While this was quite an adventure, the worst storm I’ve been caught in, a good experience, a fulfilled wish, and something for good stories, I do not want to repeat it. We both were very fortunate that we didn’t get caught up in any of the falling trees, didn’t crash in a serious way, nor encounter any other catastrophe. Simply having wet/dirty bikes, some welts (I’ve got a large one on each forearm and a sore finger), and a story to tell show just how fortunate nature was with us. This shouldn’t be pushed a second time.

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High Volume Tire for Rigid Fork


With Dually rims acquired I started looking around for parts to build up a high volume front wheel for the El Mariachi Ti when it is sporting its new rigid fork. Within a few days of poking around on eBay I had everything needed, some nice spokes, a Shimano XT hub (same as on the OE El Mariachi Ti wheels), and some generic (but nice) blue nipples.

On Wednesday evening I laced the wheel, and thinking everything had gone great I tensioned it on Thursday night, finding myself very happy with how it came out. Tension was very even, it was true to within 0.5mm, and dished to less than that. All was good until I started looking it over and found that I’d made a very amateurish mistake, something I haven’t done on any of the other wheels I’ve built: I put the valve stem hole in the wrong spot: photo.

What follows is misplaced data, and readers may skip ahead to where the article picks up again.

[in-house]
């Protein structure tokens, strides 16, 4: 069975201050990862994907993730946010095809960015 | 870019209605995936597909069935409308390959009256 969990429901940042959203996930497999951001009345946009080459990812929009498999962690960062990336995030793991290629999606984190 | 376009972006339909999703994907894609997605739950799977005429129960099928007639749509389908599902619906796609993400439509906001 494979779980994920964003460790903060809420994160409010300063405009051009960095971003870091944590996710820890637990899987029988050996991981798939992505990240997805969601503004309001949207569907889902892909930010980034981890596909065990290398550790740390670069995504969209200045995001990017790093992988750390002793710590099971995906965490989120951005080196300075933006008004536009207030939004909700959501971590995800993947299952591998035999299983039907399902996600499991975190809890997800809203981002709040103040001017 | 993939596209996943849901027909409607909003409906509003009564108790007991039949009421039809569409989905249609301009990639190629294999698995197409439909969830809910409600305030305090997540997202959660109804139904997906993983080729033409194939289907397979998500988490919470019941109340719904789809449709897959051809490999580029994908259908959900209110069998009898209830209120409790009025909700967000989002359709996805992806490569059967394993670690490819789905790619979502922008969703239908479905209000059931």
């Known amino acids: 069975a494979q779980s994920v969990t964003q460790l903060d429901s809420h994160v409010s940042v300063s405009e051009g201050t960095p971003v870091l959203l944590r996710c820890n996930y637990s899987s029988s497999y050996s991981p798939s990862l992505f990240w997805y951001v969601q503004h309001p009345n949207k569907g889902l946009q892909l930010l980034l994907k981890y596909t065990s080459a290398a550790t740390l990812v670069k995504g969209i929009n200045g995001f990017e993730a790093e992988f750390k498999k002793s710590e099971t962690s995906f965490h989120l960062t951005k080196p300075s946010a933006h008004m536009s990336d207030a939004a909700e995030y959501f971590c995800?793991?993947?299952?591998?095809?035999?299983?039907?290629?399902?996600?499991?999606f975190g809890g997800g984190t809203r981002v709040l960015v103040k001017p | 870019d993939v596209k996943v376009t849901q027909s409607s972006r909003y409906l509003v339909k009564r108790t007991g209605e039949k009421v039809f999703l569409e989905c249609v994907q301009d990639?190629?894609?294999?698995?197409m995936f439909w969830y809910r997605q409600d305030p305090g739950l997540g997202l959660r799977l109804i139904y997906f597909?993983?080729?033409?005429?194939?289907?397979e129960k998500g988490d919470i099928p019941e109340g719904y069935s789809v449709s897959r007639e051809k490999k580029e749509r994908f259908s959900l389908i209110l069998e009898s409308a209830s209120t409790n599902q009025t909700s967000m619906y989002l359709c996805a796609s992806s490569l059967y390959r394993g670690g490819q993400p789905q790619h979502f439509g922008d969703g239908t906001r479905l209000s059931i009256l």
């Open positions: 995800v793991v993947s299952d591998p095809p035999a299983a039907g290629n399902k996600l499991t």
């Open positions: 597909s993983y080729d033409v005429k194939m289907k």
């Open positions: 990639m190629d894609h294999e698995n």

If I’d made this mistake on a normal rim I could have easily shuffled the spokes one hole over and all would be good. Not so on the Dually with its offset drilling. This required me to completely unlace and rebuild the wheel to get it right. This morning I found myself awake particularly early (a combination of Danielle’s alarm and my consuming too much caffeine the day before), so I headed down to the basement and relaced the wheel before going to work.

This evening I tensioned it, fit the tire, and set it up as tubeless. During tubeless setup I was a bit concerned that I didn’t have tape wide enough to cover the spoke holes, but as this photo shows, Velocity’s 24mm Velotape is more than wide enough to cover the spoke holes. All went good, and now I’m looking forward to dry trails so I can try the wheel. I may also try it in the suspension fork, as it fits very nicely: photo.